10. Batman: White Knight by Sean Murphy — Easily the best graphic novel I’ve read in a long time and fresh new take Batman. Murphy is both author and artist—and the art is amazing.
11. Institutes of the Christian Religion by John Calvin — Profound, lyrical, and worshipful. This is devotional and systematic theology at its best and remains one of my top ten favorite books of all time. This was my second time all the way through the Institutes, and my third time through Books 1-3. This year I read through using (most of the time) the read-through-a-year plan published by Alliance of Confessing Evangelicals. Well worth it.
12. The Imperative of Preaching: A Theology of Sacred Rhetoric by John Carrick — This is a unique book on preaching that builds "a theology of sacred rhetoric" on four different moods of verbs: the indicative, the exclamative, the interrogative, and the imperative. Carrick grounds everything in Scripture, with many passages quoted at length, and then illustrates with examples from five preachers: Jonathan Edwards, George Whitefield, Samuel Davies, Asahel Nettleton, and Martyn Lloyd-Jones. Carrick builds a strong (irrefutable, I think) case from Scripture that we need both the indicative and imperative, and that "true preaching always involves explicatio et applicatio verbi Dei" - both the explication and the application of the word of God. Preaching at its best includes an appeal to the mind (indicative), heart (exclamative), conscience (interrogative) and will (imperative). An extreme towards either indicative or imperative will lead a church into serious error. "If the indicative is permitted to predominate to the exclusion of the imperative, the preaching will inevitably tend in the direction of quietism and antinomianism. If the imperative is permitted to predominate to the exclusion of the indicative, the preaching will inevitably tend in the direction of moralism or legalism." I don't of any other book on preaching that sounds the particular notes found here. Highly recommended.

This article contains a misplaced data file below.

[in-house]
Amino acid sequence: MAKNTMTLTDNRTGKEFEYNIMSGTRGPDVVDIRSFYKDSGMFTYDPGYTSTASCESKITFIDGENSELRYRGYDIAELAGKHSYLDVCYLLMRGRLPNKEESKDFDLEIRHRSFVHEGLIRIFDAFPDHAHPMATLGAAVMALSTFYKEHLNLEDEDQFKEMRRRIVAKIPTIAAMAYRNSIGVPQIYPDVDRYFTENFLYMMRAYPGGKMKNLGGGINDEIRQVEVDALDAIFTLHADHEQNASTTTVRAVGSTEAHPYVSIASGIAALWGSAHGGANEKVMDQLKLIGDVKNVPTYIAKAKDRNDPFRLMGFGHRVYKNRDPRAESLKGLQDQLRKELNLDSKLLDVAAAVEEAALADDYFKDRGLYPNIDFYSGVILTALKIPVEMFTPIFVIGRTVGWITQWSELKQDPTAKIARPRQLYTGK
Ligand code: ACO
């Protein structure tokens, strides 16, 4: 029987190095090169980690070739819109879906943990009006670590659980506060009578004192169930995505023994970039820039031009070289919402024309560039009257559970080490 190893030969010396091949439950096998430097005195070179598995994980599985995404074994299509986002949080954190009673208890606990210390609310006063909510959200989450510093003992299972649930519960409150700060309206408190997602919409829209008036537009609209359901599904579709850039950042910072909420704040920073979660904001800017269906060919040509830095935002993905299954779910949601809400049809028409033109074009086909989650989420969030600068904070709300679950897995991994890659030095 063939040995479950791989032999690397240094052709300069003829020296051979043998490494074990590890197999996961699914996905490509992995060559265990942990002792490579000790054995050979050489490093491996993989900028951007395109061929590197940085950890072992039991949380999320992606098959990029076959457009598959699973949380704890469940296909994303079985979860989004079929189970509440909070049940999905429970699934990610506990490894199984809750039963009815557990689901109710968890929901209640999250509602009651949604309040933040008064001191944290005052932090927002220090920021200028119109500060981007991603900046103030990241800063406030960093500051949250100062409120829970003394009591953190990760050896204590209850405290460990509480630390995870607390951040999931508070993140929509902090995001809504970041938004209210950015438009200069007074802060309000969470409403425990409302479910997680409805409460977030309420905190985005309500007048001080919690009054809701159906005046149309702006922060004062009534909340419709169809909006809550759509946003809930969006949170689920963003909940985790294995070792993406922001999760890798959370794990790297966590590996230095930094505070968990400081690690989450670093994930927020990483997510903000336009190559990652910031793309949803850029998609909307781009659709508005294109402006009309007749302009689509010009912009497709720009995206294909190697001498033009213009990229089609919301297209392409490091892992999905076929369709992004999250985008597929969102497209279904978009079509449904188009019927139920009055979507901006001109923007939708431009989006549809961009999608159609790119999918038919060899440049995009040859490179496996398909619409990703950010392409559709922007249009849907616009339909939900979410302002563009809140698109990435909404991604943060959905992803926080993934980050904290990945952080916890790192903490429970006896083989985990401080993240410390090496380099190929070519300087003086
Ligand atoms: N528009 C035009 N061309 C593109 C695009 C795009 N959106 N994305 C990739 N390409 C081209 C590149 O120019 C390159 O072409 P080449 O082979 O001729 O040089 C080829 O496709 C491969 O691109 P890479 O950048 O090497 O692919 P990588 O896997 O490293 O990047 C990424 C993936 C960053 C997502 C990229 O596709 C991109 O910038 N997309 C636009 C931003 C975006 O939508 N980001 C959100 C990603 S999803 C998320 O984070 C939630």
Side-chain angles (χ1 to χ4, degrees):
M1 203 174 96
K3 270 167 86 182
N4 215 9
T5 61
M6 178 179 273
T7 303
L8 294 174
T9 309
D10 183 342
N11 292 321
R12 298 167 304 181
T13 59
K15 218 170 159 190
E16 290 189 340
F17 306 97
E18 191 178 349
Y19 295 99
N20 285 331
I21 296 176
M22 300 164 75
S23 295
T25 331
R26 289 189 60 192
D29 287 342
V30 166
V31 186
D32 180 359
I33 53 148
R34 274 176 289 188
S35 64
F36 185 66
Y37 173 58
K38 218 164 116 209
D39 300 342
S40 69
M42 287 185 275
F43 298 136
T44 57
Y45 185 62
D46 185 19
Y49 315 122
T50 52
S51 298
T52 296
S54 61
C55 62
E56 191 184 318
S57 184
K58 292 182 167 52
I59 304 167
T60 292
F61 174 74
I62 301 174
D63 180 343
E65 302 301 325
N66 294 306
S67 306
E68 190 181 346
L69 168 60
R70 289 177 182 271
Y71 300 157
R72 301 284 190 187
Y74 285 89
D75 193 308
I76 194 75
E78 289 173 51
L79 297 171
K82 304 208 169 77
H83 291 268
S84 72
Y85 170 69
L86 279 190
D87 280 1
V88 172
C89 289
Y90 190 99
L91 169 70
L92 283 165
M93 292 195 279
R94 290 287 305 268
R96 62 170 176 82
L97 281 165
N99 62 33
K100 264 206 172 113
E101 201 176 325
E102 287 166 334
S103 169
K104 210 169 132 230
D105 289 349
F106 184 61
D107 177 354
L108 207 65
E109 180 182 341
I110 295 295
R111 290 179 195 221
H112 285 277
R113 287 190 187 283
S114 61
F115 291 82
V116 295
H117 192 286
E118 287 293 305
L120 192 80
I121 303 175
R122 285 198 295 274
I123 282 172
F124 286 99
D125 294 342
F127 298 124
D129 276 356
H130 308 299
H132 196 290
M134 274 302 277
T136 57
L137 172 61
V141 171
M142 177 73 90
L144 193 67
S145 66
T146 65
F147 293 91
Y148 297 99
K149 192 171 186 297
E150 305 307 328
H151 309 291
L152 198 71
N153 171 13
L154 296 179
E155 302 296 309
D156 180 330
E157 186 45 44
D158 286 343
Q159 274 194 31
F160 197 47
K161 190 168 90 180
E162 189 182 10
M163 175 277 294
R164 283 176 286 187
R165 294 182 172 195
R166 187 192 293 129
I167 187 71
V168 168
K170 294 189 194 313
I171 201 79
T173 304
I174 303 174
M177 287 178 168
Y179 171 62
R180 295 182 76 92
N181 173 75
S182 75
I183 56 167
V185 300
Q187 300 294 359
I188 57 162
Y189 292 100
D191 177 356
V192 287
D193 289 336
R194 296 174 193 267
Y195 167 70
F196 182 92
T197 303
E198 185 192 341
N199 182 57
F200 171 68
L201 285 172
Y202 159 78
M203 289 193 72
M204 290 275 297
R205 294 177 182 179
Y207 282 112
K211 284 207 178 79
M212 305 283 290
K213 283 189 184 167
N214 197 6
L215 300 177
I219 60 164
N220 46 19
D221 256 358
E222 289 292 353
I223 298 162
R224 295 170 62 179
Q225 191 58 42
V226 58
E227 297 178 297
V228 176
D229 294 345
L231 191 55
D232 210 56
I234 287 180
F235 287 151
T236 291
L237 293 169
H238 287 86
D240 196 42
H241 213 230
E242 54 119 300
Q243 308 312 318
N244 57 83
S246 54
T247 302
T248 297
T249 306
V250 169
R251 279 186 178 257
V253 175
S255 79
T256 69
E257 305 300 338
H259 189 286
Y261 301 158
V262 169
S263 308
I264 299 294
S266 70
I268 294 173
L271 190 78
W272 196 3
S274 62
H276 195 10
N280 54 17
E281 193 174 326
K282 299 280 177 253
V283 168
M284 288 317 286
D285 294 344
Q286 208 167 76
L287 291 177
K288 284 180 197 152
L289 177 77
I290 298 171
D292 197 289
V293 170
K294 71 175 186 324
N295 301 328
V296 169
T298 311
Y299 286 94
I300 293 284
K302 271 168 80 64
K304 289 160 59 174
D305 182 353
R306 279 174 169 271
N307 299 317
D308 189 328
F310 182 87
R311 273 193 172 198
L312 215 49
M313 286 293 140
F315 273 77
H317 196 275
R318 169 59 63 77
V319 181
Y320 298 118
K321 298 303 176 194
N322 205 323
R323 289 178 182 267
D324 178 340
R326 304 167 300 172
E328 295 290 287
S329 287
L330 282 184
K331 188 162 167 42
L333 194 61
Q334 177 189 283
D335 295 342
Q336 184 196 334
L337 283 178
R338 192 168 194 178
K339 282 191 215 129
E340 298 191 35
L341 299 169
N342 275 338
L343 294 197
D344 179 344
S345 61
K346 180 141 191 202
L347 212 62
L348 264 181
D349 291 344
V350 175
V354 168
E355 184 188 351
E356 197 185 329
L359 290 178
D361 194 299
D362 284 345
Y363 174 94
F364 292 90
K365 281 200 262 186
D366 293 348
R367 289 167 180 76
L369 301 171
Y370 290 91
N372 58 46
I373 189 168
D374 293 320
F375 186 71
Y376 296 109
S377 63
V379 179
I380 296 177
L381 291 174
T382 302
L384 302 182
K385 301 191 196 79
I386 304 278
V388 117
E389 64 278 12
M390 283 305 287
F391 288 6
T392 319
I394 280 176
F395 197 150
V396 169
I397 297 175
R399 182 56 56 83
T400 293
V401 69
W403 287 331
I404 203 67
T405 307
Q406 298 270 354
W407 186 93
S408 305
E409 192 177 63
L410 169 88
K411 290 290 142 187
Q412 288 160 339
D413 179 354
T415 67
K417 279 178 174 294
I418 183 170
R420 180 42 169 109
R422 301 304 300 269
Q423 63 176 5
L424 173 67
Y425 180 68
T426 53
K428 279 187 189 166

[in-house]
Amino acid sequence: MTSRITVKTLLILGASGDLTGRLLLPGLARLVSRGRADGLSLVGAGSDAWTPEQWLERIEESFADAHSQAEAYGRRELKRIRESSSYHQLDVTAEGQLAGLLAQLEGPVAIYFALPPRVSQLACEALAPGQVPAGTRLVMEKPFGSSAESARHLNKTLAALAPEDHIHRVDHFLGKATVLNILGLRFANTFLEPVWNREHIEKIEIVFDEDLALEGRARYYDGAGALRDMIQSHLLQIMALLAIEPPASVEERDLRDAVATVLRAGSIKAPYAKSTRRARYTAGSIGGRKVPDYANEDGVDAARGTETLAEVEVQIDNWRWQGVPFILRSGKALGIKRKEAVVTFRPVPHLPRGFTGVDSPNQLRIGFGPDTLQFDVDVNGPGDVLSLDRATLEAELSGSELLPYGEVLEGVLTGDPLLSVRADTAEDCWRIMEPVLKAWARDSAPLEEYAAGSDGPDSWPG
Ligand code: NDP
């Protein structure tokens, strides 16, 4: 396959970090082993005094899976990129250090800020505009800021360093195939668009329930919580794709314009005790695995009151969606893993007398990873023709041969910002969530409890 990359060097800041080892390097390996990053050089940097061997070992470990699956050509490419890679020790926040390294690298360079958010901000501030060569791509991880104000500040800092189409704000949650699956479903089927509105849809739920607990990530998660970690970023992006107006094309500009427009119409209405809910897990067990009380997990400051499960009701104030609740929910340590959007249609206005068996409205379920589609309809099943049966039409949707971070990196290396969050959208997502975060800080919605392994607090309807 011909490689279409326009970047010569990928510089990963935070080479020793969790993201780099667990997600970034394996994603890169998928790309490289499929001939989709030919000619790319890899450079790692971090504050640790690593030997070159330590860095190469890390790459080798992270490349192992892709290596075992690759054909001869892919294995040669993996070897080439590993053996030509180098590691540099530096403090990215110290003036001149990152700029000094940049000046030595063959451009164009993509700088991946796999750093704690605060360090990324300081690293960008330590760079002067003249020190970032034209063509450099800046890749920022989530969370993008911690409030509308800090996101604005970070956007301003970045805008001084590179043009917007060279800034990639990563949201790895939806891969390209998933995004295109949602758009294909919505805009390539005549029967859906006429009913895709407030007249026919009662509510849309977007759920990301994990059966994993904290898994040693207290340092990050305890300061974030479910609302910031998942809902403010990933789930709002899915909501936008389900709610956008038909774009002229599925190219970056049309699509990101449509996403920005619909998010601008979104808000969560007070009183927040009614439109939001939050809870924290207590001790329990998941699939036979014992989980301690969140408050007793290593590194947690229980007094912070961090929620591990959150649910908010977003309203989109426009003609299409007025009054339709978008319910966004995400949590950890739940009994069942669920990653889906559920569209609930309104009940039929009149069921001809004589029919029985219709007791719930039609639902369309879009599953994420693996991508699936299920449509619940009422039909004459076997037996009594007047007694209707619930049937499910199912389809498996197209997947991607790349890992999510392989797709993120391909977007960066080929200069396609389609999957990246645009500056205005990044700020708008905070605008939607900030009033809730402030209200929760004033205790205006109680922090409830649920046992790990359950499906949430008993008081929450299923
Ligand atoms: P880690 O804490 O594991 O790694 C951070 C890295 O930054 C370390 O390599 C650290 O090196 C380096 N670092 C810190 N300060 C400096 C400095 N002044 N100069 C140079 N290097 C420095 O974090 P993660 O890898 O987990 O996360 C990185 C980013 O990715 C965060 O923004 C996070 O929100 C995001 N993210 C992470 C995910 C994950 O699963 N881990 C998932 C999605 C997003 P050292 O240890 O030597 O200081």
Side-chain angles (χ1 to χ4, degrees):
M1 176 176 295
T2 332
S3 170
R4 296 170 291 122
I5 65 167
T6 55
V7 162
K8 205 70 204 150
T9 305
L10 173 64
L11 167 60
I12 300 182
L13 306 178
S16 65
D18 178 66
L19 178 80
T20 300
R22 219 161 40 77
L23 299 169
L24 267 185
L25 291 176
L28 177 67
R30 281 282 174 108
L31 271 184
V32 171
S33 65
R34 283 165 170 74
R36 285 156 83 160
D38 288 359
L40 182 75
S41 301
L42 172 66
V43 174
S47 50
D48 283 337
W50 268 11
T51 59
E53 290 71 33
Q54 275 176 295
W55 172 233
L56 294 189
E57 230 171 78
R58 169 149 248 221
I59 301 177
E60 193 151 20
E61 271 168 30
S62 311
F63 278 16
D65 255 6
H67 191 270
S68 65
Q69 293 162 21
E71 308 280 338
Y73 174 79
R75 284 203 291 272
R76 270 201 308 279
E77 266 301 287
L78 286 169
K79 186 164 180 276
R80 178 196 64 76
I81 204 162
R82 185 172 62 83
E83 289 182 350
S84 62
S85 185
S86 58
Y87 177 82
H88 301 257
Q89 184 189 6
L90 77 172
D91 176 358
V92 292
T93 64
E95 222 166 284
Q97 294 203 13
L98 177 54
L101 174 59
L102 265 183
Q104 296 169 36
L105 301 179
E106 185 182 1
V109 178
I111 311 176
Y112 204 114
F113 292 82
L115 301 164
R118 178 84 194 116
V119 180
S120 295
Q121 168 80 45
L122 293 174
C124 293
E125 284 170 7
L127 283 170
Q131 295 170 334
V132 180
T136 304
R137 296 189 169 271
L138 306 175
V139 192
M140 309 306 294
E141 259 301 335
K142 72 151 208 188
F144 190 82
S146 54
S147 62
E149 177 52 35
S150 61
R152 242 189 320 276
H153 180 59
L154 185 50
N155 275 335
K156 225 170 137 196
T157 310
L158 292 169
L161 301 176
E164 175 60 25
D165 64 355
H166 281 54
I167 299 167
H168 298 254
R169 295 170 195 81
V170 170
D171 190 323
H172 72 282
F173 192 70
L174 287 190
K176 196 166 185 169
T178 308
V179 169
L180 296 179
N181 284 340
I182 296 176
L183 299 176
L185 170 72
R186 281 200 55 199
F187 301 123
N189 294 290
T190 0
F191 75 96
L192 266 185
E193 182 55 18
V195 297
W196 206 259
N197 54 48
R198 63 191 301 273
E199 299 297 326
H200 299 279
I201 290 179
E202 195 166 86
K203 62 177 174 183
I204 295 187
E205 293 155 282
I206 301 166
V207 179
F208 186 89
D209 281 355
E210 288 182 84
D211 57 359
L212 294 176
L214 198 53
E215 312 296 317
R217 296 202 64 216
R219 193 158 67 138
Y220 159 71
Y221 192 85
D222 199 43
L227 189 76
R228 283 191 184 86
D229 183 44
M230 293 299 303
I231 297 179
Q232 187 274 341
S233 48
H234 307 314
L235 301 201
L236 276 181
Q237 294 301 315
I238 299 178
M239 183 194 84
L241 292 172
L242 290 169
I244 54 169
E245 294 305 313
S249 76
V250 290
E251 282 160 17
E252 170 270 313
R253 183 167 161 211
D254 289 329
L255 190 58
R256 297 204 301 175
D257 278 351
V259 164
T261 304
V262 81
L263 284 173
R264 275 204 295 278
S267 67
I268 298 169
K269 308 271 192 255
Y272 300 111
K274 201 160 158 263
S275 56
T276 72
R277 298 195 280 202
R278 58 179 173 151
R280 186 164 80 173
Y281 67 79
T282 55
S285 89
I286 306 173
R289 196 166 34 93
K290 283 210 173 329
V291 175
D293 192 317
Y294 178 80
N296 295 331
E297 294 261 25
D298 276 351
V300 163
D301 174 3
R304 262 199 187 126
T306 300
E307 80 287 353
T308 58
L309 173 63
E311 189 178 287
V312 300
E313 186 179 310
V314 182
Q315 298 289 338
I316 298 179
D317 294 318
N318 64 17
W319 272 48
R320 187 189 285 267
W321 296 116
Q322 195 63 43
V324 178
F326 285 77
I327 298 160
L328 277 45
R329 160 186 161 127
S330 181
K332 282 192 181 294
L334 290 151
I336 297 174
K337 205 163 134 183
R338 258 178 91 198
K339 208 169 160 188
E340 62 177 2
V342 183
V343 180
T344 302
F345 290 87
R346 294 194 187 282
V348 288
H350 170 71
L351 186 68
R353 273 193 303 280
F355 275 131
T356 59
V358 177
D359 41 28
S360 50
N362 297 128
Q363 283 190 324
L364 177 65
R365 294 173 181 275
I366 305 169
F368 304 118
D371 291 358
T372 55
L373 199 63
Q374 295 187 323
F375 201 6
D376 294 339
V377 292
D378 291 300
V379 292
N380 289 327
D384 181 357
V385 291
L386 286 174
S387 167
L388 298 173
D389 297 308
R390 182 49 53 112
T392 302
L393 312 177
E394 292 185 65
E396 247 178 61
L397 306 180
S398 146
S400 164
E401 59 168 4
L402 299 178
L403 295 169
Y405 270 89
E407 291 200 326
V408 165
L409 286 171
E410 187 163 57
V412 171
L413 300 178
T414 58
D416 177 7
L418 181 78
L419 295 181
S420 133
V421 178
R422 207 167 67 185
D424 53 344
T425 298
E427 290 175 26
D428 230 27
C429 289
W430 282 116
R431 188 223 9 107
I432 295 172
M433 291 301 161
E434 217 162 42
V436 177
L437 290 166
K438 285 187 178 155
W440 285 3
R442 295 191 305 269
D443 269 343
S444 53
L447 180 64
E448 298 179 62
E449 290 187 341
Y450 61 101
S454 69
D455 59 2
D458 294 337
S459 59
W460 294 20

13. Unwanted: How Sexual Brokenness Reveals Our Way to Healing by Jay Stringer — A thoughtful and compassionate book by a Christian therapist, based on his counseling experience and research of over 3800 people. I would place this alongside David Powlison’s Making All Things New, Tim Chester’s Closing the Window, and William Struther’s Wired for Intimacy, as one of the most helpful books on this difficult topic. The unique contribution Stringer makes is in connecting unwanted sexual behaviors with childhood experiences, trauma, and sexual abuse (although Powlison touches on some of this too). Well worth reading for pastors, counselors, or anyone struggling with pornography or other sexual sins.
14. Evangelism as Exiles by Elliot Clark — Based on 1 Peter and his experiences as a missionary to Muslims, Clark provides a compelling and challenging exhortation to Christians to engage in gospel proclamation.
15. The New Park Street Pulpit, volumes 1-4 by Charles H. Spurgeon — The first four volumes of Spurgeon’s 63 volumes of sermons, which I’m now slowly reading through—a multi-year project, to be sure! Urgent, evangelical, theological, convicting, encouraging. (For more detailed reviews of each volume, see my Goodreads account.) I spent a lot of time in these sermons and don’t regret one moment. Reading Spurgeon is changing my preaching.